The holiday shopping season is upon us and despite the COVID-19 pandemic’s impact on day-to-day life, it is expected to have little impact on consumer spending. If anything, it is changing how we shop.
Shelter-in-place orders, social-distance etiquette and mask mandates have left many consumers shopping less in person and more online. While this may be great for Amazon, Wayfair and other big retailers, it can take a jab at local economies.
Amidst the chaos, however, local entrepreneurs have emerged victoriously. Many have reinvented the wheel and quickly adapted to options that rival their much bigger counterparts. Local boutiques quickly created websites they’d never had before and offered curbside pick-up and free local delivery.
“For the most part, businesses have been very nimble adjusting to customer needs and new regulations,” said Kristi Bailey, director of communications and marketing for the St. Joseph Chamber of Commerce. “It’s hard to change, but many did so quickly to be able to stay open and keep their employees working. St. Joseph’s major employers were mostly deemed essential, so we didn’t have as many people our of work as some other Missouri towns.”
While Bailey said the local economy has stayed strong even during the pandemic, it’s still important to shop local. She said consumers need to remember that when they buy online, they aren’t helping keep friends and neighbors employed.
“There are no tax dollars being collected to fix roads and if local businesses close, even national brands with St. Joseph locations, that leaves empty storefronts,” Bailey said. “Empty buildings can easily become eyesores and a source of blight and even crime. We don’t want that to happen, so we have to make the effort to buy from St. Joseph retailers as often as possible.”
The chamber has taken this concept to heart and created a new campaign to support local businesses and the local economy – Champions of Commerce.
The program is designed to encourage residents to be a champion of local commerce by supporting local businesses. It includes a website that lists businesses and if they offer curbside pickup, delivery or shipping. Check it out at championsofcommerce.com. Bailey said the campaign also includes marketing materials reminding customers to shop local, as well as educational information for businesses to use themselves to improve their models and encourage their own customers to choose local first.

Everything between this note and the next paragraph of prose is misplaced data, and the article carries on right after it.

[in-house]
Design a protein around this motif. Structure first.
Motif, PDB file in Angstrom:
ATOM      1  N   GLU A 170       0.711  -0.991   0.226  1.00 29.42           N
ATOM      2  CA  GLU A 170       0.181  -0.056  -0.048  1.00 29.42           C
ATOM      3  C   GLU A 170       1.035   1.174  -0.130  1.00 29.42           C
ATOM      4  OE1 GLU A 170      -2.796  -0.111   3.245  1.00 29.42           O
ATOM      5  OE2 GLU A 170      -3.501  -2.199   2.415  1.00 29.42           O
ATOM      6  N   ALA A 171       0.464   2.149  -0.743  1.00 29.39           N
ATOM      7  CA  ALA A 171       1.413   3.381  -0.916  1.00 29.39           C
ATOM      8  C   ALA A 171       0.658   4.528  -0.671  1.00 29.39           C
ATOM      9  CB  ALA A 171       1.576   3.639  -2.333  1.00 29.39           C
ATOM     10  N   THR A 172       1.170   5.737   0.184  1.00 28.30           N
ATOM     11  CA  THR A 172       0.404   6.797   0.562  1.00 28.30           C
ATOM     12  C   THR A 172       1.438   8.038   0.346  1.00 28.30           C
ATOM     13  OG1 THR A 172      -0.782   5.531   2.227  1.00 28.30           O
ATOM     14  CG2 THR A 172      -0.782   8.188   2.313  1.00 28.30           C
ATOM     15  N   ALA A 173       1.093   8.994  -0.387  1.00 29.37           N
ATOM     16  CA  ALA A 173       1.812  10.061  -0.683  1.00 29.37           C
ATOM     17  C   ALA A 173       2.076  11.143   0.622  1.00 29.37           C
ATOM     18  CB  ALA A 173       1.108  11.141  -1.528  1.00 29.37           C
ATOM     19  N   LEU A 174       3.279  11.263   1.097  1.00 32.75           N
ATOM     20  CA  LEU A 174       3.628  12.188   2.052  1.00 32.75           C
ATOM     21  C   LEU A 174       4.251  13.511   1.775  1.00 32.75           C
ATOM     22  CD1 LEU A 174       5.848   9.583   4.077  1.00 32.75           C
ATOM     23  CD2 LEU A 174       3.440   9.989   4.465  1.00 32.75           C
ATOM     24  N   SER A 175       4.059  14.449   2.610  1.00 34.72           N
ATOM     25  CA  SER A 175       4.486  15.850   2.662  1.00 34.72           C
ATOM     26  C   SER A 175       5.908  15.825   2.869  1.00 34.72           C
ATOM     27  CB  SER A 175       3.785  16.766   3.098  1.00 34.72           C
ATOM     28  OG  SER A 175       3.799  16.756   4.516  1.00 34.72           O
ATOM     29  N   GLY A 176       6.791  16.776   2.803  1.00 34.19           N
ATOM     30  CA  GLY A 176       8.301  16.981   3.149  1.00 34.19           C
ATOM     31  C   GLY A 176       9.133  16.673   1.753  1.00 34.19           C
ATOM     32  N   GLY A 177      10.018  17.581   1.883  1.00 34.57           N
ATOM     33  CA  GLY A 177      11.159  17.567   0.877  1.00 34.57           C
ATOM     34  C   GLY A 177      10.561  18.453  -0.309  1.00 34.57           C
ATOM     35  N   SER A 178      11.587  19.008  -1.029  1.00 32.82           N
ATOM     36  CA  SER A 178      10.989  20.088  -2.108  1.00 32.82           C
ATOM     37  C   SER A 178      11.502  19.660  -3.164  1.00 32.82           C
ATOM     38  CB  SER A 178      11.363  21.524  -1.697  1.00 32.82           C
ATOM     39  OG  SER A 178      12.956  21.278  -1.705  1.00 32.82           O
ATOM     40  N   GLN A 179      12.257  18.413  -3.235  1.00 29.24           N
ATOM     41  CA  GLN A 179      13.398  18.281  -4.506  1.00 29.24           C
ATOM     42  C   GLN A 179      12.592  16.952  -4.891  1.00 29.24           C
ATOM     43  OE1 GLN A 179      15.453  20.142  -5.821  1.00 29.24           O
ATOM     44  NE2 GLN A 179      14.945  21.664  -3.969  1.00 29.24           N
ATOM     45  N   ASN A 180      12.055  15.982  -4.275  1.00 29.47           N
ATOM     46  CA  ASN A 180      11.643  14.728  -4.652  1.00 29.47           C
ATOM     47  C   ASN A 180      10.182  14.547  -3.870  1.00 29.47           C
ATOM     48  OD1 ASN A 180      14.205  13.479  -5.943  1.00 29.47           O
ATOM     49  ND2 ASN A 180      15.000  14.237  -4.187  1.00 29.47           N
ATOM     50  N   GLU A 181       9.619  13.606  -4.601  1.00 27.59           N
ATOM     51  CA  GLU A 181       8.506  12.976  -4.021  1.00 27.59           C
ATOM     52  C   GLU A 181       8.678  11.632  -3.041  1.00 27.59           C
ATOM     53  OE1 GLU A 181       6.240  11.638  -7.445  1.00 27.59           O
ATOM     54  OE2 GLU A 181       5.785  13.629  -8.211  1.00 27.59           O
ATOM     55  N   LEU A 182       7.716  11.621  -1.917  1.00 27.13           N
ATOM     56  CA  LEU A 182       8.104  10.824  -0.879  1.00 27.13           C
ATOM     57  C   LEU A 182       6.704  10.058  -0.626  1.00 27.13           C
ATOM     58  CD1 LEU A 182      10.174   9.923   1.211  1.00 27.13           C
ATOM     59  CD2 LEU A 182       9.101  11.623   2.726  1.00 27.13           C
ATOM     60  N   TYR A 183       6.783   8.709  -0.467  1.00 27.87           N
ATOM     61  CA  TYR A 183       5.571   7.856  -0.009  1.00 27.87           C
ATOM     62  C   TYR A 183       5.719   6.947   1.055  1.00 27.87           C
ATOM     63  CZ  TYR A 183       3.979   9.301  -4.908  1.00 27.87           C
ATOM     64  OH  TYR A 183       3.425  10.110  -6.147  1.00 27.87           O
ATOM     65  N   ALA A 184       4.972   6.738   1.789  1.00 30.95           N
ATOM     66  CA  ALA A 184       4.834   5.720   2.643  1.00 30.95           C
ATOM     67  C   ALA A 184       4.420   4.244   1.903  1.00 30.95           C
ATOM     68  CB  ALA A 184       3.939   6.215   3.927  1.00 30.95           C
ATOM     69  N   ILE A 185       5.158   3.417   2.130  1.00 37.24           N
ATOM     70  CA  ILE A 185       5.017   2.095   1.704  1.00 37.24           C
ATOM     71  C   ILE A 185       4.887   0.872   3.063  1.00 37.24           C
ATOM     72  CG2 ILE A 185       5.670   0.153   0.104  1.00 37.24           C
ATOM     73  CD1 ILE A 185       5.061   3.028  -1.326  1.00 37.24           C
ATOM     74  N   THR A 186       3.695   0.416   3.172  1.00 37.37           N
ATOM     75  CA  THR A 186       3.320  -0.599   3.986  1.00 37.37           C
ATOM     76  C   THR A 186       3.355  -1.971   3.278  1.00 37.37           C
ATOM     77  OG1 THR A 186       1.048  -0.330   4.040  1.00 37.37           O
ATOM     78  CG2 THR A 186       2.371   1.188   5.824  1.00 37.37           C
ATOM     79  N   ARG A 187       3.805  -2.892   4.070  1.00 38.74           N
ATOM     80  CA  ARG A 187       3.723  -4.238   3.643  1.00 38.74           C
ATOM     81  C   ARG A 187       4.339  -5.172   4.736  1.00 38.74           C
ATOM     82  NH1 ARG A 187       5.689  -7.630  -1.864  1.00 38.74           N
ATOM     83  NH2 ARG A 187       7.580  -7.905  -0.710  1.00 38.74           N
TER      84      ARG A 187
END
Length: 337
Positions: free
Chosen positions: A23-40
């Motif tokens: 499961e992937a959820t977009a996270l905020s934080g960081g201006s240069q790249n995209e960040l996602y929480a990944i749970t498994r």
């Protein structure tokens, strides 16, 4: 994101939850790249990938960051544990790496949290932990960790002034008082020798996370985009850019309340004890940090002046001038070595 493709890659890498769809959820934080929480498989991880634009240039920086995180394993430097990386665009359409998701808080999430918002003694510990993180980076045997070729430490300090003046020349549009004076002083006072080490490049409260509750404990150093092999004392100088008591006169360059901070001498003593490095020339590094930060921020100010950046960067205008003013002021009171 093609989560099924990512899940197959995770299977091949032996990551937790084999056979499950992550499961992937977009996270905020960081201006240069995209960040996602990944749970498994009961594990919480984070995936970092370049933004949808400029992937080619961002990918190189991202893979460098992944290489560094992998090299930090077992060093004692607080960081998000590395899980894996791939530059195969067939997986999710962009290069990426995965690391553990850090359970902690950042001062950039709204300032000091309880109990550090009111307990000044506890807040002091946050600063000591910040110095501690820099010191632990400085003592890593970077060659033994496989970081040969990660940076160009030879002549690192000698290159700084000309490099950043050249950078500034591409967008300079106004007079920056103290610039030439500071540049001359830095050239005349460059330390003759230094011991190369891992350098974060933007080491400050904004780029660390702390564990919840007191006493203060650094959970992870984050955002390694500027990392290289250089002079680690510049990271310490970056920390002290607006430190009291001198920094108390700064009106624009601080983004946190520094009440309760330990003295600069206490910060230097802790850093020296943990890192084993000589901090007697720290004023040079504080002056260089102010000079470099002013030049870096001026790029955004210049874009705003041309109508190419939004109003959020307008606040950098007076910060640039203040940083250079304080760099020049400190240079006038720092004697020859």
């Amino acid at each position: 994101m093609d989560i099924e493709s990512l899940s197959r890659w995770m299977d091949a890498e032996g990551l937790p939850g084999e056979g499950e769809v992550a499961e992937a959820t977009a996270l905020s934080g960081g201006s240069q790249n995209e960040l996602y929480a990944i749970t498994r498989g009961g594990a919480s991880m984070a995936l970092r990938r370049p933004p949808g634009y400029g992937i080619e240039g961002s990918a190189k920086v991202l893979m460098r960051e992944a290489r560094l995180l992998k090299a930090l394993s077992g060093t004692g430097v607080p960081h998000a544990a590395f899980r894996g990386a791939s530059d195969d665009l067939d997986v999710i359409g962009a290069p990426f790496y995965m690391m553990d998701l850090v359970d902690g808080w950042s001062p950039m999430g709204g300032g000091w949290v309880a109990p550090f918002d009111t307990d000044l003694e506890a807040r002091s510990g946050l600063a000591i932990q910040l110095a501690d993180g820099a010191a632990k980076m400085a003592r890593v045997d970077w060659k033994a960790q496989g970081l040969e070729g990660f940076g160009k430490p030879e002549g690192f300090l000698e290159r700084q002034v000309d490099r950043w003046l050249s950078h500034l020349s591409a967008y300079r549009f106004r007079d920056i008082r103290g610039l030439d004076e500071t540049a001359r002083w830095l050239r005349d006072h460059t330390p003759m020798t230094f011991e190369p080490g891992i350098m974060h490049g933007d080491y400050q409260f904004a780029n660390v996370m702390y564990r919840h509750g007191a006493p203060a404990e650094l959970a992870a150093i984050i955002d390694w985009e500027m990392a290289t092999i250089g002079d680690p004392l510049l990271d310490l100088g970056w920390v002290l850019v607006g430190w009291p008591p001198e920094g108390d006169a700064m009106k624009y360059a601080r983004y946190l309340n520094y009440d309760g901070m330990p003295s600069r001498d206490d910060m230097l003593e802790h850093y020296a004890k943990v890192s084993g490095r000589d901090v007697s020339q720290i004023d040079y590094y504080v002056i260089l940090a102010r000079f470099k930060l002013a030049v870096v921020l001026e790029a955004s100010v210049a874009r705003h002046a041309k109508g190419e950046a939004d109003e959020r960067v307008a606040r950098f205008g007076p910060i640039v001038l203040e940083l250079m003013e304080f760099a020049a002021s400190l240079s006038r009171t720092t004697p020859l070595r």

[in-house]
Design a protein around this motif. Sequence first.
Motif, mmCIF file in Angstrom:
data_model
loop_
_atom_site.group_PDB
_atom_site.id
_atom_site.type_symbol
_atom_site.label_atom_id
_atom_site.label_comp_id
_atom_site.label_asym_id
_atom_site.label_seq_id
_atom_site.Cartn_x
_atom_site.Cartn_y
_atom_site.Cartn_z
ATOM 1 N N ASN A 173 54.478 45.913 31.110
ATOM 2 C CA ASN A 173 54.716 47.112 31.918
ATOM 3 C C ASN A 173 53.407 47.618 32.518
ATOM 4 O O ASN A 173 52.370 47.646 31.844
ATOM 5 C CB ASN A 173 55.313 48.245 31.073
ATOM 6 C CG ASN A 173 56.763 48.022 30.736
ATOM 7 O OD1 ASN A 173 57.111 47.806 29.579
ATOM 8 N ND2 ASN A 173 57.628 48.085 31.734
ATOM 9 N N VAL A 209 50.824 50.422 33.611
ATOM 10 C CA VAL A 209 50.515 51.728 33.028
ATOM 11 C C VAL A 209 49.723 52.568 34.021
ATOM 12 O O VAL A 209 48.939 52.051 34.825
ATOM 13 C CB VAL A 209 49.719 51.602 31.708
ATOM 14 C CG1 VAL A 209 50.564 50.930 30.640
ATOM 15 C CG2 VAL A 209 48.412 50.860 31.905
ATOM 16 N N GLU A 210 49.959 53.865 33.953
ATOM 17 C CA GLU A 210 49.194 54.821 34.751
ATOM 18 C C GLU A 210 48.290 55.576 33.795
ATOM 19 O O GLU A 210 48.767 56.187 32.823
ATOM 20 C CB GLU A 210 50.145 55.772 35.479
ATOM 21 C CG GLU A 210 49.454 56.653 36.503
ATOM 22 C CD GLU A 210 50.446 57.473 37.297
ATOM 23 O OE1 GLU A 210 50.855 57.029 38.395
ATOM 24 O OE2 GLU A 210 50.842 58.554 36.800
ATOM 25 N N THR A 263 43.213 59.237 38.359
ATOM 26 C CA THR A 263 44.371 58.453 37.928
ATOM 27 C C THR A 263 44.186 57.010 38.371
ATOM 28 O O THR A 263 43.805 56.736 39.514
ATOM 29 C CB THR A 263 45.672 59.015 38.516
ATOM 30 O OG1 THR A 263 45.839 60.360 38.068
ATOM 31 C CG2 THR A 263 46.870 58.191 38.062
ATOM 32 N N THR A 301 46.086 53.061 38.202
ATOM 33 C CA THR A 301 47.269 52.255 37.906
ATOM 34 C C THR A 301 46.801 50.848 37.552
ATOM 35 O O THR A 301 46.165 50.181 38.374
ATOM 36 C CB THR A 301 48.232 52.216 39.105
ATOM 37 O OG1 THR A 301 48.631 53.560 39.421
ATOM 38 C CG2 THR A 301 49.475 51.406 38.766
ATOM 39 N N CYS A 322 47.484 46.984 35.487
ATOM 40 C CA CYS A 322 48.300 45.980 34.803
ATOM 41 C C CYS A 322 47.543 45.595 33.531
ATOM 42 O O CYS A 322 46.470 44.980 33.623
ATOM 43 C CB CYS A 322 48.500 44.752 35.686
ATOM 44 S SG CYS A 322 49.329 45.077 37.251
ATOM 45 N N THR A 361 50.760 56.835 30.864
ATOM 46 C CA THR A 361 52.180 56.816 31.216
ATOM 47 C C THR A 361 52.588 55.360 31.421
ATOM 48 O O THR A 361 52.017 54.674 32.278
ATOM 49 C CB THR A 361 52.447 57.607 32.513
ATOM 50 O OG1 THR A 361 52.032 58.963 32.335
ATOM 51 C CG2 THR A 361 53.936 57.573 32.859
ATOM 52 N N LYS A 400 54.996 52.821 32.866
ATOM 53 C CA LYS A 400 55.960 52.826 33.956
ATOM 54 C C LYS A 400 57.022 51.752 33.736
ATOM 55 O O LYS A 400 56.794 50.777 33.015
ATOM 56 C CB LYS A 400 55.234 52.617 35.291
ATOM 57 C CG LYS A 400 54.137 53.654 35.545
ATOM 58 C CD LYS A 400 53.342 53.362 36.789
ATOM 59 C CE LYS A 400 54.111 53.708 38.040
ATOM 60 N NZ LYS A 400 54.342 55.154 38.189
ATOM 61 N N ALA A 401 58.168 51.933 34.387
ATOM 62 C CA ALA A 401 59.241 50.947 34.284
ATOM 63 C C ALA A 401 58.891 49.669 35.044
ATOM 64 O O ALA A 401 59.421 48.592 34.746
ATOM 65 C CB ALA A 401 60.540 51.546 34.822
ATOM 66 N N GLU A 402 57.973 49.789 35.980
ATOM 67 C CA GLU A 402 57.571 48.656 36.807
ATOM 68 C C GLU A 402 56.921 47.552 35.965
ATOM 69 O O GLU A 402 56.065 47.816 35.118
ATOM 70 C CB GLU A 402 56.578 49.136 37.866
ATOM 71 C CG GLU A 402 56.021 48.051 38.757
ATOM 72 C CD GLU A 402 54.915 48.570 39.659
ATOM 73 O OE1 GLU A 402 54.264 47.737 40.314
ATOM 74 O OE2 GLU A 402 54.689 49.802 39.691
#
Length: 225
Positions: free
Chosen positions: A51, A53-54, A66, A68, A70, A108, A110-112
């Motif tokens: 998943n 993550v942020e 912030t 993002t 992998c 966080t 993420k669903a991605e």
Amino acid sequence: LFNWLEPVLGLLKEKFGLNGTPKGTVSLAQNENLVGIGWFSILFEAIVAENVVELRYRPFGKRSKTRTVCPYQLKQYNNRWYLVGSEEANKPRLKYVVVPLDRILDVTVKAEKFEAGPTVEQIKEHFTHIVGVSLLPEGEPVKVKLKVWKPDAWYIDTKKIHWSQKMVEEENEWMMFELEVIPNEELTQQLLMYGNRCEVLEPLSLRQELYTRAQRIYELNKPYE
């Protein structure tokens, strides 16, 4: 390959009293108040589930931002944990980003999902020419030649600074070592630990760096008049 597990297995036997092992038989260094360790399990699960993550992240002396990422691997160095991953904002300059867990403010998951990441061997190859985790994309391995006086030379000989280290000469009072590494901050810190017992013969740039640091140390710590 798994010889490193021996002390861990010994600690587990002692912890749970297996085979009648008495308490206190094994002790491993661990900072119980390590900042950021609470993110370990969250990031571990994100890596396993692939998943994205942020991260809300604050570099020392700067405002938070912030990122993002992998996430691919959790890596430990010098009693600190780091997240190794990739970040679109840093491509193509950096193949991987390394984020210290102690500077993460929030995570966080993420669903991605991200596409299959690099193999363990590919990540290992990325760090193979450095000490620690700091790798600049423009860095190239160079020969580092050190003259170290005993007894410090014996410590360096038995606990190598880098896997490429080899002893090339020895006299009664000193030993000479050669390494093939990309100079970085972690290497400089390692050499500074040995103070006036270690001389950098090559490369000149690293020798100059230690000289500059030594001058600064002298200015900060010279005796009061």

Historically speaking, consumers spend a majority of their holiday shopping budgets in November.
The National Retail Federation is encouraging people to shop safe and shop early. By spacing out shopping times and visits, there are less likely to be large crowds and more risk of exposure to COVID-19.
“Retailers are prepared for an early start to the shopping season, offering discounts earlier to ensure consumers can find the gifts they want, in stock at the price they want to pay, delivered at the time they want to receive them,” said Matthew Shay, chief executive officer with the NRF.
Locally, Bailey said there’s still a portion of the community that is at risk and won’t be doing holiday shopping in their normal manner. In previous years, Northwest Missouri residents have come out in droves to support local with the chamber’s Shop St. Joseph program, which gives customers a chance to win $10,000 by spending dollars locally.
But it’s hard to know what the economic impact of COVID-19 will have on local businesses.
“There are a lot of companies that won’t be having holiday parties at local restaurants because of the virus,” Bailey said. “So, we have to keep reminding our residents that many local businesses have websites where you can shop online, do curbside pickup or choose shipping. Before you go to Amazon or Etsy, make a conscious effort to find a local shop instead. Instead of Hello Fresh, order take out from a local restaurant or curbside pickup from a local grocery store.”